How Leverage Works In Investments (Content for Financial Advisors)

Use this article as a basis to explain what leverage is and how it impacts your clients’ investments. Feel free to copy and edit as you see fit.

What is Leverage?
Leverage is the strategy of using of borrowed money to increase investment power. An investor borrows money to make an investment, and the investment’s gains are used to pay back the loan. Leverage can magnify potential returns, but it also amplifies potential losses. There are different types of leverage, including financial leverage and operating leverage. Financial leverage refers to the use of borrowed money to buy assets or invest in securities.

The Benefits of Leverage
Leverage increases the potential returns on an investment. Here’s an example of how that would work. Let’s say you have $100 of your own money, and you can borrow $1500 from the bank at an interest rate of 6%. You invest the entire $1600 in an investment, that you are confident will grow 15% in a year. You plan to return the borrowed money plus interest at the end of a year.

If that works here is how it would look. The value of the investment will be $1840 at the end of the year. You will pay the bank back $1500 + $90 = $1590. That leaves you with a total of $250 and a net gain of $150 once you subtract the initial $100 you invested. That’s a 150% return!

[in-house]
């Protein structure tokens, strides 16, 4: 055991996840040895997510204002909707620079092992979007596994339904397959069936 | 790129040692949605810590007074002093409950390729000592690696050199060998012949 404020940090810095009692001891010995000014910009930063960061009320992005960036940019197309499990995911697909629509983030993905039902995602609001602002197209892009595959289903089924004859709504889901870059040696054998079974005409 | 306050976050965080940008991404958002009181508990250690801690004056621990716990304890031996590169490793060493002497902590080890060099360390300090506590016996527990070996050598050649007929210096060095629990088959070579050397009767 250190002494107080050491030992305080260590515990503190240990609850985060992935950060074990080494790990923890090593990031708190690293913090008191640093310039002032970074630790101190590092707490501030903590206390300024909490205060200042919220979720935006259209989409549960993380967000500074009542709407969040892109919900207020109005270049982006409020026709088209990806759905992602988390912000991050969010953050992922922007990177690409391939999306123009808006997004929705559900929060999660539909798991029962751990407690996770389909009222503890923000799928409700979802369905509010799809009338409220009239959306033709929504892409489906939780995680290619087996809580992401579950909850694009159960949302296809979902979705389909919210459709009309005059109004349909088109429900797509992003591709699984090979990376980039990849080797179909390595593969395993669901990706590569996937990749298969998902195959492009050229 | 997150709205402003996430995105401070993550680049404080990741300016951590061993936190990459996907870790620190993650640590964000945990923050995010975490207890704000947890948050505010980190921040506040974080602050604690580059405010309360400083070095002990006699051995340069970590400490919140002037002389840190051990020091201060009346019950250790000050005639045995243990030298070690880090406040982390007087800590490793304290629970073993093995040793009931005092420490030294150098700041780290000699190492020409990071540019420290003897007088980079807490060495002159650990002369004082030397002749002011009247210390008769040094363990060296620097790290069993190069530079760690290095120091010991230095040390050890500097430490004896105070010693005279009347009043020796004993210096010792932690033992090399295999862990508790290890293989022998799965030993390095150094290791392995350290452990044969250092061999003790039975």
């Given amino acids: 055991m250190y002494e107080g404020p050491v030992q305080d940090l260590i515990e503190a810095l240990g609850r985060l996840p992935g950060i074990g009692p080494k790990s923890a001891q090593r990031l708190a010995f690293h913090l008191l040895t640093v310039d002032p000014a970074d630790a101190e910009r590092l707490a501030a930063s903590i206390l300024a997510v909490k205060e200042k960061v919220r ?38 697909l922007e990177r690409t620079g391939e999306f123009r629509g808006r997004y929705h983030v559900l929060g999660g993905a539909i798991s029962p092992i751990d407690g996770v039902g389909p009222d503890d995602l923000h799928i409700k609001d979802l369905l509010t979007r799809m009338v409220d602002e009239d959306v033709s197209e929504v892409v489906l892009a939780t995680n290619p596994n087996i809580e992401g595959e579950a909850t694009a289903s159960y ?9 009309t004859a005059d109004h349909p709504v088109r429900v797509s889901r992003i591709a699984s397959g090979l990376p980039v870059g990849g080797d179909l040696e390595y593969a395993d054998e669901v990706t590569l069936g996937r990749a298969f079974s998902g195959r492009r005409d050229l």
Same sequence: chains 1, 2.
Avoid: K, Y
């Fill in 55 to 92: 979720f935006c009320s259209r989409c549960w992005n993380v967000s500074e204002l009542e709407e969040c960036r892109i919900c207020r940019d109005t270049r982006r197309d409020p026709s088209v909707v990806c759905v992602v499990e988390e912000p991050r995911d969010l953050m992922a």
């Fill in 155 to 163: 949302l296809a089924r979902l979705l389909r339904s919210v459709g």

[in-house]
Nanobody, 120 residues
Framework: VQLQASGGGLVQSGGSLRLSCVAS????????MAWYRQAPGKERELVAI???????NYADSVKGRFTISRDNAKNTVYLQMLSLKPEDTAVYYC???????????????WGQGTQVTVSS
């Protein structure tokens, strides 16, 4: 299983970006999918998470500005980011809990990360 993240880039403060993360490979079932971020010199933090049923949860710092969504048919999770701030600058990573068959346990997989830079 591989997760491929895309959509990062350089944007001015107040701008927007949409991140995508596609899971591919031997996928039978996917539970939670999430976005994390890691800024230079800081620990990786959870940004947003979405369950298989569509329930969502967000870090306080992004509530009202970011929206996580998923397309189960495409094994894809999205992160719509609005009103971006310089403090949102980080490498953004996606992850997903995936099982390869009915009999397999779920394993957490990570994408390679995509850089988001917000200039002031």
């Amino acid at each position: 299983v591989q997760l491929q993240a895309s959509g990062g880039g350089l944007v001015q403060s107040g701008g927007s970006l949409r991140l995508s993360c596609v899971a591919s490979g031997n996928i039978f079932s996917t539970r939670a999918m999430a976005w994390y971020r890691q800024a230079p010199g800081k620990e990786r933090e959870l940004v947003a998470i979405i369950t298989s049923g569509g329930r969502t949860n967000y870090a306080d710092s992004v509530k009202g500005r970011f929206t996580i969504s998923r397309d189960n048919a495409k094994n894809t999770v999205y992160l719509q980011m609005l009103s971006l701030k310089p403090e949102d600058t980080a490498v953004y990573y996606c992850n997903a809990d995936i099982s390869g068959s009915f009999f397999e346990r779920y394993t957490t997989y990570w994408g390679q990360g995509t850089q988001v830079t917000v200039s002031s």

The Risks of Leverage
While leveraging offers several benefits, it also comes with significant risks. Let’s look at what happens if our rosy picture above doesn’t work out. We still start out with $1,600, $100 of our own plus $1,500 from the bank.

In this case, we lose 15%. Remember that is 15% of $1,600 or $240
Now at the end of the year, we have $ 1,360 ($1,600-$240). We have to still pay the bank $1,590 ($1,500 + $90 in interest). That means we owe $230 more than the $1,360 we have. Based on our $100 initial investment, we lost 330%. Ouch.

The greater the percentage change in the investment, the greater the potential gain or loss. So leverage magnifies market volatility. In a volatile market, this can lead to significant losses. Additionally, leverage can lead to margin calls. A margin call is when an investor is required to deposit additional funds to cover losses.

The most common use of leverage for an individual is a home mortgage. Most investors use a home mortgage to fund the purchase of a home, with a standard down payment of 15-20%. Leveraging a home is so common because home prices over decades are generally not volatile. The housing bubble of 2008 notwithstanding.

Factors to Consider When Using Leverage
Before using leverage, investors should consider their investment goals, risk tolerance, market conditions, and liquidity. It is important to have a clear investment strategy in place before using leverage to avoid significant losses.

Leverage can be a powerful tool in investments, but it also comes with significant risks. It is important for investors to understand the benefits and risks of leveraging and have a clear investment strategy in place before using leverage. Proper risk management is crucial to avoid significant losses and achieve long-term investment success.


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